Kyle McGowin was not happy he was pulled from his start for the Triple-A Syracuse Chiefs after five scoreless innings on Monday night in which he allowed just one hit.
There was a good reason to end his night there, however, as he found out after the game was over and his manager called him into his office.
“It was the fifth inning and they took me out and i was pretty upset,” McGowin said, “... so in my mind — a couple guys came up to me and they were, ‘Oh, you’re going to the show.’ You don’t want to take their word for it until you’re told, but after the game a couple guys were all sitting there packing up, and [Chiefs’ manager] Randy [Knorr] called me and sat me down and told me I was driving home, but not to NY, but to D.C., so I was pretty excited.”
He played a similar trick on his mother when he called to share the big news.
“I messed with my mom first,” he explained when asked who he told once he learned he was getting the call.
“I said, ‘What’s the quickest route home?’” McGowin recounted. “And then I called her and told her I had no service, so she started telling me, and I said, ‘Well, it doesn’t really matter cause I’m going to D.C.’ And she broke down hysterically, and my father was there, and then I called my college coach, a couple friends and my agent and everybody.”
McGowin, 26, was acquired by the Washington Nationals in a December 2016 trade with the Los Angeles Angels who’d selected the right-hander in the 5th Round of the 2013 Draft.
He was at the end of a breakout campaign in the Nats’ system this season when he learned he’d be joining the big league club, having posted a with a 3.69 ERA and a 2.97 FIP, 19 walks (2.19 BB/9), and 94 Ks (10.85 K/9) in 13 starts and 78 innings pitched at Double-A Harrisburg, and a 1.20 ERA and 2.92 FIP, nine free passes (1.54 BB/9), and 44 Ks (7.52 K/9) in eight starts and 52 2⁄3 IP at Triple-A Syracuse after the five scoreless innings on Monday night.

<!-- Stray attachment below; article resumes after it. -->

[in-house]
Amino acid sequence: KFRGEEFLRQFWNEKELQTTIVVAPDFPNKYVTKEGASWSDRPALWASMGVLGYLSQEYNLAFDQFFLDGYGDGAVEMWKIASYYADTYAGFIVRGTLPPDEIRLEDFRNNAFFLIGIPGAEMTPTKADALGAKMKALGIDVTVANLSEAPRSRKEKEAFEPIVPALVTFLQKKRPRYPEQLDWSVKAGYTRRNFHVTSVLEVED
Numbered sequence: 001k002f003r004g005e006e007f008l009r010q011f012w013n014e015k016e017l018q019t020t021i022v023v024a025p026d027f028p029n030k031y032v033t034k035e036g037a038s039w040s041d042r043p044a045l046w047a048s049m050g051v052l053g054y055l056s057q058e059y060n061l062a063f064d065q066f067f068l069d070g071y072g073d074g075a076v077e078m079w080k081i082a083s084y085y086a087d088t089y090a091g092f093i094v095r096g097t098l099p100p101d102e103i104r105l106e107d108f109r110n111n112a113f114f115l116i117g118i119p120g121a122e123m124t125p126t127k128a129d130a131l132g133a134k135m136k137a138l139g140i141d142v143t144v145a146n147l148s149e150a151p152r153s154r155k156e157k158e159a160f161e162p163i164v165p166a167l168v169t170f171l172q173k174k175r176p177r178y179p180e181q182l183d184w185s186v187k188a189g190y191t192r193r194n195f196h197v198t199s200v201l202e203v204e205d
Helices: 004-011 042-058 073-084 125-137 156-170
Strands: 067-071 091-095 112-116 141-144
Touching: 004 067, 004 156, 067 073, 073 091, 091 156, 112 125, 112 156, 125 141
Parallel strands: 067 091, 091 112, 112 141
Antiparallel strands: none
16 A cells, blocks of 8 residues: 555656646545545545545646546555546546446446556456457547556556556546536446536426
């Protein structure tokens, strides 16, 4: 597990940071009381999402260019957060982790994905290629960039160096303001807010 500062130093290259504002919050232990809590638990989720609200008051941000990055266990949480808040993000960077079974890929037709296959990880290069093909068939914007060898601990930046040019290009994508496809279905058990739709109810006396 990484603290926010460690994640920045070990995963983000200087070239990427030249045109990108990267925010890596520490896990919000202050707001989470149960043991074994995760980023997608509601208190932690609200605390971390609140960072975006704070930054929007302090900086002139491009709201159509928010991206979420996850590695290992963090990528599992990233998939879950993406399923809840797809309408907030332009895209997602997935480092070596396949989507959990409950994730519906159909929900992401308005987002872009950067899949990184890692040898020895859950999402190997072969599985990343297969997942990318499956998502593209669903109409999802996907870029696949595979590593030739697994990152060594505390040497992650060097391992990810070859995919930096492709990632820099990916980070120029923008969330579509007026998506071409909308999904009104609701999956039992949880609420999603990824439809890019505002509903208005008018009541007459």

In an interview this week with 27East.com’s Drew Budd, McGowin said a different mindset this season led to a turnaround for him after he’d struggled in 2017, putting up a combined 5.95 ERA in 19 starts and 98 1⁄3 IP for the High-A Potomac Nationals, Double-A Senators, and the Chiefs.
“It’s not like I developed a new pitch. My mind was finally in the right place, everything was clicking. I’ve been working with the pitching coach, and working with a different mindset did wonders for me.”
”My mental game is night and day difference from last year,” McGowin added on Tuesday in the nation’s capital.
“I was dwelling on the negatives last year and this year I took the negatives and I turned them into positives. And then my training this year was a lot different. I went and trained with a couple facilities, and I’d say that turned out and did wonders for me.”
McGowin made his MLB debut on Wednesday night, popping up Harrison Bader with a 1-1 fastball (92.3 MPH) to get his first out in the majors, but left a 3-1 slider up over the middle of the plate to Yairo Munoz in the next at bat and gave up a solo home run. Two quick outs followed in what ended up a 16-pitch, nine strike appearances out of the bullpen.
“He threw fine,” Davey Martinez told reporters after what ended up a 7-6 loss.
“He just couldn’t grip his slider,” Martinez said, “... and that was tough for him. He came out and said, “I couldn’t find my slider, I couldn’t grip the ball, and that happens, so I told him, I said, ‘Hey, you did fine, just be ready to go again.’”